“Irony” has an instrumental that includes a piano and a drum rhythm that switches its pattern up. Skribbal tells a story about little Johnny, the lonely drug addict. Skribbal kind of skips quickly through little Johnny’s life, getting to how little Johnny dies and the irony of it all by the time listeners start getting into the song. Had it not been so rushed, I am sure “Irony” would have a place among the Featured Tracks.
14- Pulse of the Rhyme
This instrumental is a perfect follow-up to the beat for “Irony”. This is the track that Skribbal chooses to attack the wack rappers in the hip hop genre. He throws in some punches and metaphors as his consistent use of ever-changing rhyme schemes are molded together with a fluent flow of words. Not the best “all-out attack” on rappers in general I have heard, or the first time I’ve heard such a track by any means, “Pulse Of The Rhyme” still has a very solid place on the album.
15- Certified Fire
This is my favorite song of Certified Fire Vol. 4. The intro for the track is interesting, and not one of my favorite things about the song, to say the least. The tempo to the music is slightly quicker than average. Skribbal rips into the track with bars that are filled with punchlines and metaphors. The chorus is catchy, yet slightly repetitive, and very likely to stick with the audience even after the album is over. The level of lyricism stays its course on the second verse, allowing Skribbal to really show us what he can do with his lines. “Certified Fire” is an easy choice to be included with the Featured Tracks for this album.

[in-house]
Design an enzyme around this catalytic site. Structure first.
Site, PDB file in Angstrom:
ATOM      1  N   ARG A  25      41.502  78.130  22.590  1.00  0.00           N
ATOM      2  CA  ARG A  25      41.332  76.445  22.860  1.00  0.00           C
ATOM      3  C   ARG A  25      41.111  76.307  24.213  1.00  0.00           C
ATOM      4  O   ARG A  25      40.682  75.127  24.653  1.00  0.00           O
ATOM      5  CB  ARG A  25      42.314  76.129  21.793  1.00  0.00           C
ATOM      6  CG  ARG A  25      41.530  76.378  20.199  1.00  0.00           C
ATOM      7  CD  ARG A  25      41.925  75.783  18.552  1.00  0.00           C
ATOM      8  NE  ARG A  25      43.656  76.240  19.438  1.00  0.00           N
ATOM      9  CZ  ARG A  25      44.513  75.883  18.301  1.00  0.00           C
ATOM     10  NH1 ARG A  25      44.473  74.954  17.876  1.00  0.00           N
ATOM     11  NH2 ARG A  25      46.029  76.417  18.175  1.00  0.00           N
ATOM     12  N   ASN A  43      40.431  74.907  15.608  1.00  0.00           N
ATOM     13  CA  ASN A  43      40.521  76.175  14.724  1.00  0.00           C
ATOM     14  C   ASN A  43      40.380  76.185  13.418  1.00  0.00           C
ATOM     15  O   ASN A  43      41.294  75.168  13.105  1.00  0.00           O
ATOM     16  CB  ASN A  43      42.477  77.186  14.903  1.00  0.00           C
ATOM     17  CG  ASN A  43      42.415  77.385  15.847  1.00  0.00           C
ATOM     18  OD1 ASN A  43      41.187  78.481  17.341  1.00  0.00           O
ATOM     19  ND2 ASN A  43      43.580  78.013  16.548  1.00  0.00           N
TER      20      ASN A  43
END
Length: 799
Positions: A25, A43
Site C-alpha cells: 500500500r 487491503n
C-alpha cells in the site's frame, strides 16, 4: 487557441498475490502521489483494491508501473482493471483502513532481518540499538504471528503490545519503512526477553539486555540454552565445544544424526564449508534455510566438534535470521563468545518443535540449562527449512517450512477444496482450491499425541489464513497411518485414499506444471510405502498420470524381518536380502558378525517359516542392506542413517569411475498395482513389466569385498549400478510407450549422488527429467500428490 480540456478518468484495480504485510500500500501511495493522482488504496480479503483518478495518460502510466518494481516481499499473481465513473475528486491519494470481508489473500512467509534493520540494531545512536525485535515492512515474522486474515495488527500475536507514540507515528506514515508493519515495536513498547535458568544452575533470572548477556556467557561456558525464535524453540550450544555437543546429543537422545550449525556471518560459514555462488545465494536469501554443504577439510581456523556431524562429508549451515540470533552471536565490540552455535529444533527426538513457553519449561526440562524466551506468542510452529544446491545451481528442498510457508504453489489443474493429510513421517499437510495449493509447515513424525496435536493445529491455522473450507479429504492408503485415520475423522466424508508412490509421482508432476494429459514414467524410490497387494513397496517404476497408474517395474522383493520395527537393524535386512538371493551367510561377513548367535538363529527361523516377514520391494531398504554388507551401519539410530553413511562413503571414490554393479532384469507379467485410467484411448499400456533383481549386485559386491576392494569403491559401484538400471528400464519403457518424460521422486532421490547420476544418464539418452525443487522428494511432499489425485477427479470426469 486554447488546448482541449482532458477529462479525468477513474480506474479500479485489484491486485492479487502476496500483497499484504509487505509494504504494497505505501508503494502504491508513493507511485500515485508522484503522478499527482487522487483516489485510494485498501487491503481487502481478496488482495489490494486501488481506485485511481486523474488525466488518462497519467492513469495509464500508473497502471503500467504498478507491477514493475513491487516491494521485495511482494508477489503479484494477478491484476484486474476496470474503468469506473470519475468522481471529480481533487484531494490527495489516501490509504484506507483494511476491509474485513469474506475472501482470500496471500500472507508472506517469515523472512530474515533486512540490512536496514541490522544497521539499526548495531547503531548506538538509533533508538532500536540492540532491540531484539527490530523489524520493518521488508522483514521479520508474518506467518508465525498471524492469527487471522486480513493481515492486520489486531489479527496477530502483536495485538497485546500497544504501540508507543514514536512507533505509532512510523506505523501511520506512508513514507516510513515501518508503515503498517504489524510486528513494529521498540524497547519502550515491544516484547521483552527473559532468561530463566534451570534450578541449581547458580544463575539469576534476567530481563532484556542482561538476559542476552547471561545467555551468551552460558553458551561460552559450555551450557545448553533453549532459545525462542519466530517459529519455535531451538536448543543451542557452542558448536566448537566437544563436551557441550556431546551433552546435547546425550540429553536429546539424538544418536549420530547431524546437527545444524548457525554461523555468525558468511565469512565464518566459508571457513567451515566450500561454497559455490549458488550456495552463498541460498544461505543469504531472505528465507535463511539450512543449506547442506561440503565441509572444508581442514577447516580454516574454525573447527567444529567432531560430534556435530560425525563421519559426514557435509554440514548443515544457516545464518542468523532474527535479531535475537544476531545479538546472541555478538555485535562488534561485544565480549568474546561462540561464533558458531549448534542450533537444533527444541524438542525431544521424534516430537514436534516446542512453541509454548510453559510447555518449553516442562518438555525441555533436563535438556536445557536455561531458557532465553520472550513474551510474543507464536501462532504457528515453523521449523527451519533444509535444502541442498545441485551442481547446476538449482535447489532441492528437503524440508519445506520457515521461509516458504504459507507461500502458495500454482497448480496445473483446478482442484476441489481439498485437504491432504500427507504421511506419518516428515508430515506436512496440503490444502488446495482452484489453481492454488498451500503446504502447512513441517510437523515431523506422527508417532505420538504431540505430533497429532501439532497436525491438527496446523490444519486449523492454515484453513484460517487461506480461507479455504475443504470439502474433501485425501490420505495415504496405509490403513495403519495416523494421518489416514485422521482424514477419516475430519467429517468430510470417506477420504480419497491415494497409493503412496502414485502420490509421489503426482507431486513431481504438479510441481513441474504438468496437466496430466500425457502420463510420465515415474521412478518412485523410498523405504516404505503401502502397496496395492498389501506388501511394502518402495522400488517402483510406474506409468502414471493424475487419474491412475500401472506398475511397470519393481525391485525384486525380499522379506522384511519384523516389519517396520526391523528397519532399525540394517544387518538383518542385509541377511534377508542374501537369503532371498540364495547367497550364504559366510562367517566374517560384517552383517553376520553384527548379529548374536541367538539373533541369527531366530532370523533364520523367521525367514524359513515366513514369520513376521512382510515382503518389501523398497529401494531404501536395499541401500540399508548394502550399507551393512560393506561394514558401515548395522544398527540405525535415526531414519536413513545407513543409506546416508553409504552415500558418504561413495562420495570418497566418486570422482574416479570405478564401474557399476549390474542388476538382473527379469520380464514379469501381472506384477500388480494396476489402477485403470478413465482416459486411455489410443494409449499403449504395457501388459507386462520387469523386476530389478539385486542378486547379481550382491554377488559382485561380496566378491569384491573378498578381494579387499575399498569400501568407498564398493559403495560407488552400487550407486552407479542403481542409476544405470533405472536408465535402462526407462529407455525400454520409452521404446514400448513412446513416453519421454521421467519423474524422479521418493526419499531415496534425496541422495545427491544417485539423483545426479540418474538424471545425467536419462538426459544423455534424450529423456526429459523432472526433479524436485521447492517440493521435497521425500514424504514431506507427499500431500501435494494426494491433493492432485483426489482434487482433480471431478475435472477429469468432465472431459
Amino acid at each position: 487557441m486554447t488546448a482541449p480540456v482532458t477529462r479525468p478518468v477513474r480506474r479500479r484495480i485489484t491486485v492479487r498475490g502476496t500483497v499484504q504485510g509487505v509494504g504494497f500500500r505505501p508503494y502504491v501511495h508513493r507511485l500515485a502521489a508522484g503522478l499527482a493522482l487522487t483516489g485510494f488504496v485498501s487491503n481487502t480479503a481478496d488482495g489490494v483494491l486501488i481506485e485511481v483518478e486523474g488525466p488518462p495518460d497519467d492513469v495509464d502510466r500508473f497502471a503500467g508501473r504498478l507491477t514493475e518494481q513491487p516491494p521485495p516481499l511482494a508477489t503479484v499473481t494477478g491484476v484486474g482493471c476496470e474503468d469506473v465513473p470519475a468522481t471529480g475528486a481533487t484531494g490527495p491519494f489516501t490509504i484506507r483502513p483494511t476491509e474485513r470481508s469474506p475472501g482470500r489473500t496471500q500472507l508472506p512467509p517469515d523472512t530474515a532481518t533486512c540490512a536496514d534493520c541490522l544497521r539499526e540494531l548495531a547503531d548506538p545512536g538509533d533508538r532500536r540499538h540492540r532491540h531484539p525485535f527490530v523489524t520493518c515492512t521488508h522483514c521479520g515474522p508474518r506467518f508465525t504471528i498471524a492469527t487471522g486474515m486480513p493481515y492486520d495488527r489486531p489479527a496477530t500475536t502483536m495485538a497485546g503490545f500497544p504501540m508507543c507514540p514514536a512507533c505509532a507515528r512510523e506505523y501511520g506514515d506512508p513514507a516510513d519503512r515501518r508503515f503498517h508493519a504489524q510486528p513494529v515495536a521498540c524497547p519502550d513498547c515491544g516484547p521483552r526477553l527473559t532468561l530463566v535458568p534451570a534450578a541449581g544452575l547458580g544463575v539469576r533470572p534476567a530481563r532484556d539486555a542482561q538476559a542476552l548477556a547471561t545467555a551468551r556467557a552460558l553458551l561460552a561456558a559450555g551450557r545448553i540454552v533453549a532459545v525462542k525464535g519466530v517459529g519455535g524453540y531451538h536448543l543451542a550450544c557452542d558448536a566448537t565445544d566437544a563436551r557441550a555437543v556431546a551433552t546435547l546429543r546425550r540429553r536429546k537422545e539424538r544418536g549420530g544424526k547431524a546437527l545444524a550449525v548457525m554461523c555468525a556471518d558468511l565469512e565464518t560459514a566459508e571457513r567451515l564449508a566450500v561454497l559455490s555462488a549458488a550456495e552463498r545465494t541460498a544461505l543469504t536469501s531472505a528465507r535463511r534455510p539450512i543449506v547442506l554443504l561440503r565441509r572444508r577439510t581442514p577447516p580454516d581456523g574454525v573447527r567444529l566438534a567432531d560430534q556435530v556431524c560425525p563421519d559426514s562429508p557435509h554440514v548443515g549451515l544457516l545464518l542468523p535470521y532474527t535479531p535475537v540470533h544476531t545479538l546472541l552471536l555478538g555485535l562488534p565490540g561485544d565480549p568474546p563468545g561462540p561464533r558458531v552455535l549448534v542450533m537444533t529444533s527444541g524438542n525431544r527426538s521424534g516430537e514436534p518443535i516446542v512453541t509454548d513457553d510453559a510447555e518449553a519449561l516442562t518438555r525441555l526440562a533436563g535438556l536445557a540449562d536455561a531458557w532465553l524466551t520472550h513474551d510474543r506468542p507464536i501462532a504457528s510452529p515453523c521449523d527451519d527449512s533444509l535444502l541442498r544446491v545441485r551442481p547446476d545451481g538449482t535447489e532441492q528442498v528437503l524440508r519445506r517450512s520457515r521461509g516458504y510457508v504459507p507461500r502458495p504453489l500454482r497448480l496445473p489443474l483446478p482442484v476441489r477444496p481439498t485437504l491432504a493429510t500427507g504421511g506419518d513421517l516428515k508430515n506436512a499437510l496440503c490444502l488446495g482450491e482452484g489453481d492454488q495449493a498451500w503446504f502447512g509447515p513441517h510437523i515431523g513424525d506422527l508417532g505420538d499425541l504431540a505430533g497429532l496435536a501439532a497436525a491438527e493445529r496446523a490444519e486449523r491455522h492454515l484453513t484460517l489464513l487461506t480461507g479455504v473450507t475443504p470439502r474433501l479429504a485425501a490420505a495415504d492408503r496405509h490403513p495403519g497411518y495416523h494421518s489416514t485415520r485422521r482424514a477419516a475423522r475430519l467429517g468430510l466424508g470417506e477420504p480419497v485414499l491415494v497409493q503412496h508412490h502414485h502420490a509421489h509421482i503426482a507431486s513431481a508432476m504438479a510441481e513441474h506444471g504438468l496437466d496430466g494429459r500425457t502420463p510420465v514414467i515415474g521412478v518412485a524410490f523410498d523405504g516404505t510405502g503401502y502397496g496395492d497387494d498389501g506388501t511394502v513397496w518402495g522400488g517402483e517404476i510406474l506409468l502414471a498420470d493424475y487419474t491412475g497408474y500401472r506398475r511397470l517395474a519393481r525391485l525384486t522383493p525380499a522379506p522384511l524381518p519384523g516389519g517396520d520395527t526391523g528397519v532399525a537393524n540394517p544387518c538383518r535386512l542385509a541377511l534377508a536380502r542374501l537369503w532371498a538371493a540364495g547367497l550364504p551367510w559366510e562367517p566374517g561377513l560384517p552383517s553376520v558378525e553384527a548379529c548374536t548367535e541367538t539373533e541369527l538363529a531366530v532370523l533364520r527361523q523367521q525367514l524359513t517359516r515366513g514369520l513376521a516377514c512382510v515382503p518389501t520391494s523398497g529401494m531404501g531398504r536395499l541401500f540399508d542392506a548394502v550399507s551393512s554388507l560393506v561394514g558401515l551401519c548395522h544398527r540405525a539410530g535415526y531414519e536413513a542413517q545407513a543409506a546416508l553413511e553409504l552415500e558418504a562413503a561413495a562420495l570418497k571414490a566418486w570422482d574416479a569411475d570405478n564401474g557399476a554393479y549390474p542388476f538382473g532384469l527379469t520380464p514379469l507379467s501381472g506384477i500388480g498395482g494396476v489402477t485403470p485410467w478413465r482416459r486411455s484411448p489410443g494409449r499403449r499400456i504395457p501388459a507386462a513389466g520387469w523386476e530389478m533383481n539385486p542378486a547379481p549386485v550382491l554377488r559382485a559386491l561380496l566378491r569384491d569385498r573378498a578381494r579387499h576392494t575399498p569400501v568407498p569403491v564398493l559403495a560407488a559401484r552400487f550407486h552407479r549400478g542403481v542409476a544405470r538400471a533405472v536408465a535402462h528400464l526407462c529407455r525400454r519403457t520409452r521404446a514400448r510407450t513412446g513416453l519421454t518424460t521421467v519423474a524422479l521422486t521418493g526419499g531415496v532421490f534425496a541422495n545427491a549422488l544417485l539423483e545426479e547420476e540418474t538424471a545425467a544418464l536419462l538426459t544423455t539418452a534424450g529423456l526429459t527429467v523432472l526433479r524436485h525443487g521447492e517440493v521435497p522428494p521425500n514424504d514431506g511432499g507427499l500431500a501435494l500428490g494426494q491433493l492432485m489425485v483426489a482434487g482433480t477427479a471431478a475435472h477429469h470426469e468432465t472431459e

16- Truth (Outro)
The outro begins in an unorthadox manner that grabs your attention, and keeps your attention by providing disgusting imagery that is bound to make people feel uncomnfortable as ominous music plays in the background. This is definitely one hell of a way to wrap up an album.
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Everyone’s Offended, Into The Wormhole, Betty Ford, The Ballad, and Certified Fire.
The Write Up
Although there are only five Featured Tracks out of the sixteen song provided on Certified Fire Vol. 4, in its entirety the album is better than averge. The instrumentals create moods and bring out feelings while setting a good pace in every song. Skribbal’s delivery, microphone presence, and flow with his words are very well polished. There was not a single track that lacked any of these things, in my opinion. When it comes to content, Skribbal seems to get hung up on having shock value and hardcore lyrics in his rhymes. Almost half of the album included tracks that weren’t actual songs but instead more like a long verse then it’s over. Lyrically, Skribbal would benefit from using his extensive vocabulary combined with more wordplay and intricate punches to keep his audience repeating the songs. These are all things Skribbal can easily work on improving, as he has most of the harder aspects of making good tracks figured out. Skribbal has definitely caught my attention with Certified Fire Vol. 4, and I would be interested in seeing what other albums he has to offer.
(2.5 out of 5 stars)